5th Sunday of Lent Year A

     

     I’m not sure about you, but this Lent seems to be flying by and it is hard for me to believe that we are only one week away from Holy Week where we are invited to follow after Christ as He takes the last steps of His saving mission on earth. Next Sunday we will gather at the entrance to the Church and begin our Holy Week by walking with Jesus on His way into the holy city of Jerusalem. During Holy Week, we will visit the Upper Room for the Passover feast where Jesus takes bread and wine and declares it to be His Body and Blood, which will be poured out for us. The next day, we will find ourselves kneeling at the foot of the cross where that blood is physically poured out for us and finally we will arrive at Easter where we will stand in awe and wonder at the empty tomb.

     As we reach the final stretch of Lent, today’s Gospel account of the raising of Lazarus prefigures what we will celebrate during Holy Week and invites us to enter into that journey of Holy Week, through which Jesus unties us and sets us free. You see we are Lazarus. Our sin, which so often takes over control of our lives and holds us prisoners, and our suffering, which is the result of the human condition that can so easily lead to despair and hopelessness, binds us much in the same way that death bound Lazarus. Like Lazarus, before Jesus came, ultimately our sin and suffering only leads to a death where there is no hope. The good news is that just as Jesus unbinds Lazarus and raises him from the dead, He desires to set us free and so while we can’t avoid sin and suffering in this world, as long as we have faith, we have hope.

     Just as Jesus intervenes with Lazarus and orders the stone to be rolled back, Jesus orders the doorway to our heart to be opened. Just as He didn’t turn away from the smell of death emanating from Lazarus’ tomb, our own sinfulness and suffering do not scare Jesus away from our hearts. No, for next week we will celebrate the truth that He came to be united with His people, to bring us hope, forgiveness, new life and ultimately to remove the darkness of sin so that you and I can have eternal life. Friends, Jesus reminds us over and over that “Christian holiness does not mean being sinless, but rather it means struggling not to give in and always getting up after every fall.”[1]

     As we gather next Sunday to begin the holiest week of the year, we are invited to bring all of those things which bind us and nail them to the cross, so that when we gather on Easter and notice the empty tomb, we will realize that Jesus has unbound us and raised us up. After all the celebration of Easter reminds us that no matter how many setbacks we may face in this life, if we welcome Jesus into our lives, there is no ultimate defeat.

     Certainly, Jesus does not deliver us from dying. Dying is after all part of the human condition that Jesus shared in, but He does deliver us from death. For Jesus tells us that He is the resurrection and the life and whoever believes in Him, even in death will live. While on the surface this claim of Jesus Christ makes no sense, but when we view the world through the lens of faith we come to understand that death is not the end, it is rather a transition from this life into the life that Jesus has prepared for each of us. “Death is redemption, a blessing, because in it this unrefined existence, which is prone to sin and so ill disposed, is renovated and reworked into a new one.”[2] In order to view the world through this lens of faith, we need to be prepared to journey with Christ to the cross. For faith means “communion with the cross, and only on the cross does faith find its highest fulfillment.”[3]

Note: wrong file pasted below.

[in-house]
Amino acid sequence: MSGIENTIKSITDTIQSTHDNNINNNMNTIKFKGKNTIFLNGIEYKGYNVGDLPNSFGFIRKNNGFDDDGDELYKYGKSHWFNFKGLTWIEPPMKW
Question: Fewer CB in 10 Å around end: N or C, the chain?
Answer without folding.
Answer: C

My friends, as the holiest days of the year come upon us, are we prepared to journey with our Lord to the cross in order to find salvation? What are those areas where we still need to roll the stone back and allow Christ into so that we may rise with Him on Easter Sunday? If we really want to see Jesus we will run to the cross where we will see that our Lord takes the sufferings we face in this world, either those brought on by the world, or those freely undertaken by our fasting, penances and almsgiving and uses them to give us opportunities to participate with His grace in our own salvation and the salvation of others in the Church. It is only because we suffer that we can hold out hope for eternal life, for in suffering we imitate God. It was Christ’s suffering that leads to His resurrection. Why should it be any different for us? Christ freely chose to suffer for us, now we must freely choose to do the same. Will you journey with him to the cross so that you can rise with Him to eternal life?

 

[1] Karol Wojtyla. The Meaning of Vocation. United States: Scepter Publishers, 1997. Pg 10

[2] Joseph Cardinal Ratzinger. Dogma and Preaching Applying Christian Doctrine to Daily Life. San Francisco: Ignatius Press, 2011.  Pg. 252.

[3] Pope John Paul II. Encyclical Letter Mary: God’s Yes to Man Introduction by Cardinal Ratzinger and Commentary by Balthasar. San Francisco: Ignatius Press, 1988. Pg. 27.

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